With an eye to more acquisitions, eBay also disclosed it had repatriated funds held abroad, adding $6 billion to its U.S. cash position. Ebay also reports attracting 6.5 million new mobile consumers in the first quarter.
The value of merchandise sold on eBay Inc.’s U.S. marketplace, excluding vehicles, increased about 11% year over year in the first quarter, the online marketplace operator said today. EBay also said it attracted 6.5 million new mobile customers during the first quarter.
The company also announced that it had brought back to the U.S. $9 billion in cash from foreign accounts, leaving $6 billion to invest in the U.S. after putting aside $3 billion for tax obligations.
Chief financial officer Bob Swan told analysts that the cash gives eBay the flexibility to take advantage of any acquisition opportunities that arise. "We're seeing growing opportunities in the U.S.," Swan said, according to a transcript from SeekingAlpha. "We're an acquisitive company and we need to ensure we have the resources available to capitalize on targets that become available both domestically and abroad." He emphasized, however, that the company was not announcing any specific plans for acquisitions.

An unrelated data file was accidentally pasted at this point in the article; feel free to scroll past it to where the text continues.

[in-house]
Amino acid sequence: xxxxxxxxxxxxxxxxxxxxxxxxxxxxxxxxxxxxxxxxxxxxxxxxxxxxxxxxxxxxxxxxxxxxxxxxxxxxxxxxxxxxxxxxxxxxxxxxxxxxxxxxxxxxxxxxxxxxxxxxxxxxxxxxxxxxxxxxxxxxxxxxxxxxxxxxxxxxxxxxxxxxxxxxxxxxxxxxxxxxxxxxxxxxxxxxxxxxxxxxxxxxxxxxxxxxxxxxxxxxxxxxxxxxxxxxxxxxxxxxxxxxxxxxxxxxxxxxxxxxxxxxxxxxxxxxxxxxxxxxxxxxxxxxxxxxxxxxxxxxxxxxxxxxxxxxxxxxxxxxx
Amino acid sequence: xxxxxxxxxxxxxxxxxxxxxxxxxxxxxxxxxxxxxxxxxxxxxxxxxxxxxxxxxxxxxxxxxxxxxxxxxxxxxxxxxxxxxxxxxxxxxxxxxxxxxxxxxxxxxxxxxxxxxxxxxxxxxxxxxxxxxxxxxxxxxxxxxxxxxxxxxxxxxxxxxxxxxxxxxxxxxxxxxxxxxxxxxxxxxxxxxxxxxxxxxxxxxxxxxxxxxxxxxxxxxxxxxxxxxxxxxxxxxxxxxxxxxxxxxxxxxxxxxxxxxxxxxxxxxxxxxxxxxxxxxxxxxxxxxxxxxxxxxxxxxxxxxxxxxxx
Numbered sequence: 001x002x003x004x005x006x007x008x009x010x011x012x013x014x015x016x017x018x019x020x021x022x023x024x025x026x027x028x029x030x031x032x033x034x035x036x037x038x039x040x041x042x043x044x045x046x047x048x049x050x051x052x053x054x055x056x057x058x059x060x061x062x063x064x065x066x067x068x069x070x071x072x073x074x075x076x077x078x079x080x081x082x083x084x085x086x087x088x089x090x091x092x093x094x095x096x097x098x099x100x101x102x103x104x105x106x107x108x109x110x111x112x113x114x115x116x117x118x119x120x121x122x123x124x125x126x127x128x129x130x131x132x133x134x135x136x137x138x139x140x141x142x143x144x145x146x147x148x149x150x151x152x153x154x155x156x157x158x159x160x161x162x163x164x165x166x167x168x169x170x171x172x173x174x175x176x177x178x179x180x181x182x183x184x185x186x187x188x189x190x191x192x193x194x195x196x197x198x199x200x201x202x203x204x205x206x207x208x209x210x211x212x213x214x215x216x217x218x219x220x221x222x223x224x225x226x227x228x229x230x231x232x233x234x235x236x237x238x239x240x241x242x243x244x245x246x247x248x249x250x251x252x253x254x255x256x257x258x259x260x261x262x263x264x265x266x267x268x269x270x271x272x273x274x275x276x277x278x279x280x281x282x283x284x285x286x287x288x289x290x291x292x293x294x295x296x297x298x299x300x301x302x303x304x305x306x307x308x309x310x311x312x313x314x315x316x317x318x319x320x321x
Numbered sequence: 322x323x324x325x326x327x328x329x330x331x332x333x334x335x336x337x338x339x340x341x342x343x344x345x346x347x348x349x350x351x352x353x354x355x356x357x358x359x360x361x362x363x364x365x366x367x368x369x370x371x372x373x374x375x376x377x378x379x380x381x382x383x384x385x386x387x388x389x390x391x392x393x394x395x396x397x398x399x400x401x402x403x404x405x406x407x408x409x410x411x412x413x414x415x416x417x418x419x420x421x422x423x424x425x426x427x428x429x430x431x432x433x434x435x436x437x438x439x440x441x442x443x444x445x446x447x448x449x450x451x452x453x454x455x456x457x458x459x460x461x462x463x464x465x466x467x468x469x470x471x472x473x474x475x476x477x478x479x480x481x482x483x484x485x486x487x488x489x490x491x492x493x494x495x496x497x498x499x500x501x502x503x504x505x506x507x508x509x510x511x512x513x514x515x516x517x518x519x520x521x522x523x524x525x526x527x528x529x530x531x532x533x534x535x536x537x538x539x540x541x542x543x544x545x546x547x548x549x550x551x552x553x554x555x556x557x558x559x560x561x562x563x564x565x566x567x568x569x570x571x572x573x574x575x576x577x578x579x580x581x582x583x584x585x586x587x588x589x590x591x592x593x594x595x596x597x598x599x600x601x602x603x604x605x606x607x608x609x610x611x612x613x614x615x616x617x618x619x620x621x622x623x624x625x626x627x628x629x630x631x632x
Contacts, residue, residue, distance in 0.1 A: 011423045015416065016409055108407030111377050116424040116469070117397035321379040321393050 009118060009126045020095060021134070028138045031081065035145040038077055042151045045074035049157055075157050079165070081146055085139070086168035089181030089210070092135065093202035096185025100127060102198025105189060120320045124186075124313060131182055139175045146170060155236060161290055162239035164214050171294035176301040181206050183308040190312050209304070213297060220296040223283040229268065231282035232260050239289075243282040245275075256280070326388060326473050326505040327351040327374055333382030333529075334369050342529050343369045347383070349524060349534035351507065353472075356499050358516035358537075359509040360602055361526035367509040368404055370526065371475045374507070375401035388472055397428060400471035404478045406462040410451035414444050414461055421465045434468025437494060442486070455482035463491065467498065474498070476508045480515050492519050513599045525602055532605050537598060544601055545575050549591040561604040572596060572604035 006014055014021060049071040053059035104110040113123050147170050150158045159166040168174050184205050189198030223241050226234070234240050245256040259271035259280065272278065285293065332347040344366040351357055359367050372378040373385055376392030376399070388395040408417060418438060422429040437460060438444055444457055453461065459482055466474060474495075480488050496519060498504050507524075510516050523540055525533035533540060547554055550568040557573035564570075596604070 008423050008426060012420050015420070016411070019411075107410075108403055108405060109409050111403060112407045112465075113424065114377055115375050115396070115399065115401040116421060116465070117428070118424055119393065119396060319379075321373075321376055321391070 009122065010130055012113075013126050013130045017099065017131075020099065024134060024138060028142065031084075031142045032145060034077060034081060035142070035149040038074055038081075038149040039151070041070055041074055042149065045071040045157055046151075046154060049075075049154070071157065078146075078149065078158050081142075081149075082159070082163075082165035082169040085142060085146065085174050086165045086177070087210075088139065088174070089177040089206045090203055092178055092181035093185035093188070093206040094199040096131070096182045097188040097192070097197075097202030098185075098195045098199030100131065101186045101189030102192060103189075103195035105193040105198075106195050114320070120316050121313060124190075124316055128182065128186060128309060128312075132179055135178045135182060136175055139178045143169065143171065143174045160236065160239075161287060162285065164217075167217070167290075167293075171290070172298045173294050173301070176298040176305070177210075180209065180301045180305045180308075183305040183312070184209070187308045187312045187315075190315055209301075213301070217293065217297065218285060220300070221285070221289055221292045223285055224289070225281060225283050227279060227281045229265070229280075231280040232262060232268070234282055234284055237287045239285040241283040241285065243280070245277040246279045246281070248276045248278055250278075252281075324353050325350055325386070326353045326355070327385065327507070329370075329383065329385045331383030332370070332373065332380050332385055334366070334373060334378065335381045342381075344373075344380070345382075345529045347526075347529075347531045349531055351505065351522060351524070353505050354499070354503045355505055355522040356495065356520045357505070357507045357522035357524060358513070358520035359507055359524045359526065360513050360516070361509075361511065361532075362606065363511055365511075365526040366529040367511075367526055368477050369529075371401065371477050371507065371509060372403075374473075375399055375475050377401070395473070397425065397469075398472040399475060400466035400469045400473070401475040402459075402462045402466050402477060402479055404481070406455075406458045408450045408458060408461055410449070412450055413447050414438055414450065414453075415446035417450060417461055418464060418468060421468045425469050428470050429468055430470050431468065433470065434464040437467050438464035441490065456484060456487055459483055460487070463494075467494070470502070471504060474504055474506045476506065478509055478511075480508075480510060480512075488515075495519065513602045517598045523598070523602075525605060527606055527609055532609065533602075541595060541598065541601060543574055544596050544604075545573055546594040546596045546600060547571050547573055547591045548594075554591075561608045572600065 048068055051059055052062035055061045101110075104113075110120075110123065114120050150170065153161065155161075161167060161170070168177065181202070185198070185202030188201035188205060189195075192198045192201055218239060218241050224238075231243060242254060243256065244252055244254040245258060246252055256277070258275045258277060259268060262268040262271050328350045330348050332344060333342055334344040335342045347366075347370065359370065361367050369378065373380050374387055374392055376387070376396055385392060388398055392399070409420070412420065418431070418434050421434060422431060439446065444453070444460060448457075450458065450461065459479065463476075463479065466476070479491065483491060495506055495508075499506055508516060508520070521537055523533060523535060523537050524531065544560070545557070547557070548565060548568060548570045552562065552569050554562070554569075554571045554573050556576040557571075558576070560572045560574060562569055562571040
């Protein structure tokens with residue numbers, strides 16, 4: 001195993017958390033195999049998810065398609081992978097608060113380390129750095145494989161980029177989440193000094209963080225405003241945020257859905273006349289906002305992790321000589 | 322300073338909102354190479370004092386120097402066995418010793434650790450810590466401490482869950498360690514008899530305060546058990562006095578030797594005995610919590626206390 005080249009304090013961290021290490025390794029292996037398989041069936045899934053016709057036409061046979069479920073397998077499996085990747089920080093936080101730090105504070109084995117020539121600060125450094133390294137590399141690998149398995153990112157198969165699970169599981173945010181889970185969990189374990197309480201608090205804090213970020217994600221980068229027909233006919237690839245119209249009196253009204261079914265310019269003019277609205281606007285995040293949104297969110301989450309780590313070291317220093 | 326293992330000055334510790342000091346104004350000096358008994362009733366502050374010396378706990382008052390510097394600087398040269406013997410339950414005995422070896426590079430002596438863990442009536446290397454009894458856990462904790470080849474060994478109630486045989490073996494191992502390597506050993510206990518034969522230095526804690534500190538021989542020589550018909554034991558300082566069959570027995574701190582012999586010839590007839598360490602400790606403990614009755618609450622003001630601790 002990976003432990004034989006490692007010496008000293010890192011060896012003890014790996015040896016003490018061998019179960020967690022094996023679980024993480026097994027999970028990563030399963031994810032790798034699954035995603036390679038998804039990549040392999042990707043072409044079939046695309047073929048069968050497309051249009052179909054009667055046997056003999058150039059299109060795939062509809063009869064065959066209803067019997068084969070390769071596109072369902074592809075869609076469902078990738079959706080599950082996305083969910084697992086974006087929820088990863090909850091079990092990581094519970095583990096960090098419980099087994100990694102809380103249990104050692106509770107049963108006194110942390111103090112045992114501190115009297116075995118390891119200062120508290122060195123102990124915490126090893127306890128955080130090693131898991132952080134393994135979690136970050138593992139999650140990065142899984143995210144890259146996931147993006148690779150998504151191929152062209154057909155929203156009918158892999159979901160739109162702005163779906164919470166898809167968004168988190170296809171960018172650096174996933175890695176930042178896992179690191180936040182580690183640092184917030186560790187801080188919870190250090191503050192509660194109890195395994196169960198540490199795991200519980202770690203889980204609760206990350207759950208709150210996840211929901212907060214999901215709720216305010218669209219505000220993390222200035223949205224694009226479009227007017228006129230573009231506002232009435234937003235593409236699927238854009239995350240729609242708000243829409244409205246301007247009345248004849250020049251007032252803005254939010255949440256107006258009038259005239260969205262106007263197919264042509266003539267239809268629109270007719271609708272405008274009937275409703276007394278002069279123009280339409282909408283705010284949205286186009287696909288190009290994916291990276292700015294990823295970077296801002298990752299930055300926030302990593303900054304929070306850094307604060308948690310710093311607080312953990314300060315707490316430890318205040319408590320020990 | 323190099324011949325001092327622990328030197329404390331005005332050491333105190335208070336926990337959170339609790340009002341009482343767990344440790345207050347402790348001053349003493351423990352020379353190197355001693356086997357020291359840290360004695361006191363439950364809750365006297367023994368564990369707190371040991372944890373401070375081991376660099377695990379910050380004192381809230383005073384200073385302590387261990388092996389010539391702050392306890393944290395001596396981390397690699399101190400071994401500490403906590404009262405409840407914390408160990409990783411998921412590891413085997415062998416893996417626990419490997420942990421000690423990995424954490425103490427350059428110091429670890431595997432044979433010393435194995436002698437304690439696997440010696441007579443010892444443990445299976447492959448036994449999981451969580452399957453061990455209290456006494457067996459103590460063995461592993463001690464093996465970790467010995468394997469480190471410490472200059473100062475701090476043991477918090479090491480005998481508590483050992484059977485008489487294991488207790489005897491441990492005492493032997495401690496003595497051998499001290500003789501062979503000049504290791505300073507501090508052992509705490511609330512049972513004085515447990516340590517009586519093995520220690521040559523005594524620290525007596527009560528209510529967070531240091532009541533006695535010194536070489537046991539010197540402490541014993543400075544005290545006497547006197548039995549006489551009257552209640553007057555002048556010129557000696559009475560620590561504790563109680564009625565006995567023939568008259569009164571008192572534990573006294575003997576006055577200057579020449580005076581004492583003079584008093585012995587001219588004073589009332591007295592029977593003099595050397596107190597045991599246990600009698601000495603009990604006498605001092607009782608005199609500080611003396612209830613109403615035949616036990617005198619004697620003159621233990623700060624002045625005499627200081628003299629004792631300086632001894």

For the first quarter ended March 31, eBay reported:
CEO John Donahoe told analysts that eBay plans to announce a new promotional campaign for PayPal that will include digital marketing and some TV advertising. The campaign, called "Powering The People Economy" will air this summer and fall in the U.S., the U.K., Germany and Australia. In tandem with the campaign, PayPal also revealed a new logo.
Asked about the rollout of PayPal to offline locations, Donahoe emphasized PayPal's use in restaurants rather than retail stores. "The first places where you're seeing mobile technology used in the physical world are around the sharing economy, where it's providing a real consumer benefit, and around restaurant and other areas that have lines." He said eBay in the past year has enabled consumers to use PayPal to pay for orders in advance and from tables in restaurants, which he described as "experiences that were significant improvements from simply swiping a card."